Sports

Why Is NFL Home-Field Advantage Dying And How Can Bettors Exploit It?

Home-field advantage has never been quite as pronounced in football as it is in, say, baseball or hockey.

In those sports, there’s an actual built-in advantage in the rules of the game: The home team in baseball bats last and knows exactly how many runs it needs to score, and home ice in hockey means making the last change before every faceoff, getting to decide which lines match up. In the NFL, on paper, it’s a totally fair fight. The rules are the same for both teams.

Nevertheless, home-field advantage is historically worth three points in the NFL. That’s the way it’s always been to those in the sports betting world. Sure, you tweak it here and there, situationally. Maybe one team only gets 2½, while another gets 3½. But typically, if two teams are evenly matched, the home team starts as a 3-point favorite.

In 2019, though, home-field advantage has definitely not been worth three points. And the bettors who’ve recognized that have been able to clean up.

Home field, by the numbers

From the merger in 1970 through the 2018 NFL season, home teams won 56% of all games.

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In 2019, home teams are 117-106-1 straight up, a winning percentage of 52.47%.

Home-field advantage still exists — the number is above 50%, after all. But it’s somewhere south of half as powerful as it has typically been in the past.

And that’s demonstrated even more strongly in records against the spread.

From 1970-2018, home teams covered the spread 49.9% of the time. (How’s that for evidence of how good bookmakers are at their job over the long haul?)

This season, home teams are just 91-118-6 against the spread. They’re covering at a 43.54% clip. If you backed the road teams in every single game this season, you’d be comfortably beating the vig.

Factors diminishing home edge

Everyone has their theories as to why home-field advantage has lessened in the last few years and has been nearly erased in 2019. Here are four to consider:

  • Technology: The fact that loud “12th men” in the stands could interfere with a quarterback’s ability to hear the coach in his earpiece between plays has often been evident, and seeing road teams burn a timeout because of the crowd noise used to be somewhat commonplace. But the in-helmet technology keeps getting better, and you don’t see QBs making the “covering my helmet’s ear holes and struggling to hear my coach” face much anymore.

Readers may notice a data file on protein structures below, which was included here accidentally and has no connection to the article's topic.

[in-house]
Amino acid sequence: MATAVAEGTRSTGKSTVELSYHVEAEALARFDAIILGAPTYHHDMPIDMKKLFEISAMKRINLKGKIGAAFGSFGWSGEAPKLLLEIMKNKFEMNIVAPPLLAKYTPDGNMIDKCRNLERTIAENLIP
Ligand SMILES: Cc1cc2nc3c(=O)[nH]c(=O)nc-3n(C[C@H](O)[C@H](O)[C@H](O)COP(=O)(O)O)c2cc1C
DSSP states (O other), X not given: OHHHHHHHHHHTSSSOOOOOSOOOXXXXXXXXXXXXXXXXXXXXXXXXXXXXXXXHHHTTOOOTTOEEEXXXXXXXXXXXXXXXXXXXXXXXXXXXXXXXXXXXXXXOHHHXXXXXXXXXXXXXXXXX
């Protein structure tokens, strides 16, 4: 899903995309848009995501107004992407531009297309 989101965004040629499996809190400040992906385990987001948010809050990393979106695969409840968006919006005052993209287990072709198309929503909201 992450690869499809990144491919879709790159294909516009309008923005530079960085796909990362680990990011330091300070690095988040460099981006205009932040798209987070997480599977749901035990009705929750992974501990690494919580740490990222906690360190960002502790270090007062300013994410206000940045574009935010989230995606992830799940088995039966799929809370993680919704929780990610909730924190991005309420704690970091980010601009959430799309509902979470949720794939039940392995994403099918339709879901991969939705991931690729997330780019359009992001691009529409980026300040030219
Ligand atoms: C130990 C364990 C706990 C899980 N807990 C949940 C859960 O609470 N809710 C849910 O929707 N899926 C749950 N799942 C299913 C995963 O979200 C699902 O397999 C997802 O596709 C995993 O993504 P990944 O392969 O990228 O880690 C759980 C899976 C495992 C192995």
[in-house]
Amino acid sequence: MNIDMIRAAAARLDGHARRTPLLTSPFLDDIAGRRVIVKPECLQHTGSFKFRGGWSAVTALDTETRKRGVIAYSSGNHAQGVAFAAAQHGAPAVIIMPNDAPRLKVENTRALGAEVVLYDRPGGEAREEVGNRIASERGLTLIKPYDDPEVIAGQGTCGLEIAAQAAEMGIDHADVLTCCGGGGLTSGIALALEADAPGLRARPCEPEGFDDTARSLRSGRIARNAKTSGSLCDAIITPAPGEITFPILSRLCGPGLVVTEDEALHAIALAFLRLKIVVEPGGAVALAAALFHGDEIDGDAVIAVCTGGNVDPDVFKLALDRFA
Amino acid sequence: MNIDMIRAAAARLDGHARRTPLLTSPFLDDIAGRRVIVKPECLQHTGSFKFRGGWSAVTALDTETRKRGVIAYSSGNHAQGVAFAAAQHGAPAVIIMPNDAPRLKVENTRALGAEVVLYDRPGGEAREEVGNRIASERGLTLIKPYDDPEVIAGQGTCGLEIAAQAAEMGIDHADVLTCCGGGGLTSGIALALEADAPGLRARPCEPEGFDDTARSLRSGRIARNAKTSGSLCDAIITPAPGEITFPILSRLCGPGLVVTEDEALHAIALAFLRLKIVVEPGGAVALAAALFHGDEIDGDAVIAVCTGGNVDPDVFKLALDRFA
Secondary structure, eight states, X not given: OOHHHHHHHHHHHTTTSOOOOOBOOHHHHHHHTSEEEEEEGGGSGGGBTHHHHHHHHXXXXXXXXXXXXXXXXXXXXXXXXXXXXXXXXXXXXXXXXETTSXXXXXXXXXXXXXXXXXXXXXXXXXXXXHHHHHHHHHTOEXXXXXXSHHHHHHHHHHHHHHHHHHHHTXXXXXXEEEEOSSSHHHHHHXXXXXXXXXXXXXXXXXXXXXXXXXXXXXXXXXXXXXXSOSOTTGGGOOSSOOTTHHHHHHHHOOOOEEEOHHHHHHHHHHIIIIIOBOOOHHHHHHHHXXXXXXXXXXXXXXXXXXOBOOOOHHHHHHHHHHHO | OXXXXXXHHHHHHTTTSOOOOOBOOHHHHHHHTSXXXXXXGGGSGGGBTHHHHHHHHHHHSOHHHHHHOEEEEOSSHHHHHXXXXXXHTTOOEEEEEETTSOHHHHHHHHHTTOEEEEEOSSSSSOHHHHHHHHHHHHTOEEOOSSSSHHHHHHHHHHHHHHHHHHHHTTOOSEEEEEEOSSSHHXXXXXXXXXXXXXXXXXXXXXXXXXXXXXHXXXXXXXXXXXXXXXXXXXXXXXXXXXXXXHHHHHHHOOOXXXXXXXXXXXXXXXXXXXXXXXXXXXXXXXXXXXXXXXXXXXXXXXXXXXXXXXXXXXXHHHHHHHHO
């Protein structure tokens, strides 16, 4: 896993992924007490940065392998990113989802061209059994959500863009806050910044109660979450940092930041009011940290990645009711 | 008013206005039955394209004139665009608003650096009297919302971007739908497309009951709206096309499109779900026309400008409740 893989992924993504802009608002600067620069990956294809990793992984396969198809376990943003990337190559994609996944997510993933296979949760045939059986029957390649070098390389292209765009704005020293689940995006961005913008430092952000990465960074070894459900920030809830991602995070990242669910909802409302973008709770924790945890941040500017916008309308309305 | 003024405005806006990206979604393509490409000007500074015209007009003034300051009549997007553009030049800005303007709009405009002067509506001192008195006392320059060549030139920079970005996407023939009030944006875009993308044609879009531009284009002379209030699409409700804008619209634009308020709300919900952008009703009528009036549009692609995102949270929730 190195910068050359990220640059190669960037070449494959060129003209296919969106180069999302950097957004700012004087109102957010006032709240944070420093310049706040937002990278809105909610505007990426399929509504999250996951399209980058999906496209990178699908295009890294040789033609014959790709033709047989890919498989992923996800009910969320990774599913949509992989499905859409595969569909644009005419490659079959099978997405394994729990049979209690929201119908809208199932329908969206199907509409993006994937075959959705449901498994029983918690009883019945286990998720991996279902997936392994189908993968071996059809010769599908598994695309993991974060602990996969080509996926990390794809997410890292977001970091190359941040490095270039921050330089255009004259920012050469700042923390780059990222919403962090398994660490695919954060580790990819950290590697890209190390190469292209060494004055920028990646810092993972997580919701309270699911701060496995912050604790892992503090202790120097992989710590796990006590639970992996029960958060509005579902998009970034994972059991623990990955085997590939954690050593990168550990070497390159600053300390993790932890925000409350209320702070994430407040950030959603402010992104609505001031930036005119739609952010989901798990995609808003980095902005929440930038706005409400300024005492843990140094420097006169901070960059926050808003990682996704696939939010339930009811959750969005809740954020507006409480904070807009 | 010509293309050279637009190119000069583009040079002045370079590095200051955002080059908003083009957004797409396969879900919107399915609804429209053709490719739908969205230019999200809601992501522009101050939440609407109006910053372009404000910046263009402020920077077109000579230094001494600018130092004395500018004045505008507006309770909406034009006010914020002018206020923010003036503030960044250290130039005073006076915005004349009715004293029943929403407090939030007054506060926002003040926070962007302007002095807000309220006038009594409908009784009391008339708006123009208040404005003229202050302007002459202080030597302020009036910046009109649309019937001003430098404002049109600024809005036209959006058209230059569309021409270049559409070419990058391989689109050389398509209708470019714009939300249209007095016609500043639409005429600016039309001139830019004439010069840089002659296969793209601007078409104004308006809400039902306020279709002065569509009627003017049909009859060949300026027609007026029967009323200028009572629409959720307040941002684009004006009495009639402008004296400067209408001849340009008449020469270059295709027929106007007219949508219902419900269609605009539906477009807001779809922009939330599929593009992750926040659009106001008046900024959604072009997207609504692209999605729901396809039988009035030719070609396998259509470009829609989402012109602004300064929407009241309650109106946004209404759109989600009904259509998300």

• Split crowds: With more visiting-team fans at most games than used to be the case due to the ease of buying tickets on the secondary market, the crowd noise referenced above isn’t as substantial as it once was. The Los Angeles Chargers, yet to attract a home following since moving from San Diego to a city loaded with transplants, are an extreme example of playing in front of divided crowds, but the traveling fans are a reality, to some degree, at every stadium in 2019.
  • Improved travel: The days of 350-pound men squeezing into standard airplane seats are long gone. Flights are easier, teams put more effort into acclimatizing players across time zones, etc. The advantage of sleeping in your own bed over sleeping in a hotel seems to be less and less of a factor.
  • Replays to overturn calls: Is there actual referee bias in favor of the home team, influenced by the home crowd? Whatever your position on that, it’s turning into a moot point. Every scoring play and every turnover gets reviewed now, and coaches can challenge more calls and non-calls than ever. So even if an officiating crew is showing bias, the eye in the sky makes it harder for that bias to stand. 

Can a bettor benefit?

As noted above, with road teams covering more than 56% of the time this season, the opportunity to profit has been there.

Are the books adjusting? Road teams went 9-7 against the spread last week, right on pace. But that’s such a tiny sample size that it tells us nothing.

For the upcoming Week 16 games, according to Tuesday’s odds via FanDuel Sportsbook, the home teams are favored by an aggregate 30.5 points across 16 games. That works out to just a shade under two points (1.906) per game.

That information alone is meaningless, though. The home teams might just be slightly better, overall, than the road teams this week, right?

Except, according to wins and losses, they aren’t. The 16 road teams come into these Week 16 games with 113 total wins through 14 games each. The 16 home teams come in with 110 victories.

So if anything, the road teams are ever so slightly better this week. But the home teams are favored by nearly two points each.

If home-field advantage is truly dead, then there’s money to be made by exploiting the points the bookmakers are shading to the host teams.

But then again, maybe the books have adjusted, and in past years the same home teams would have been favored by an average of three points each. Can one point across each of 16 games — home teams only giving an extra two points instead of three — make all the difference? That’s the decision bettors have to make this week.

Photo by Jake Roth / USA Today Sports

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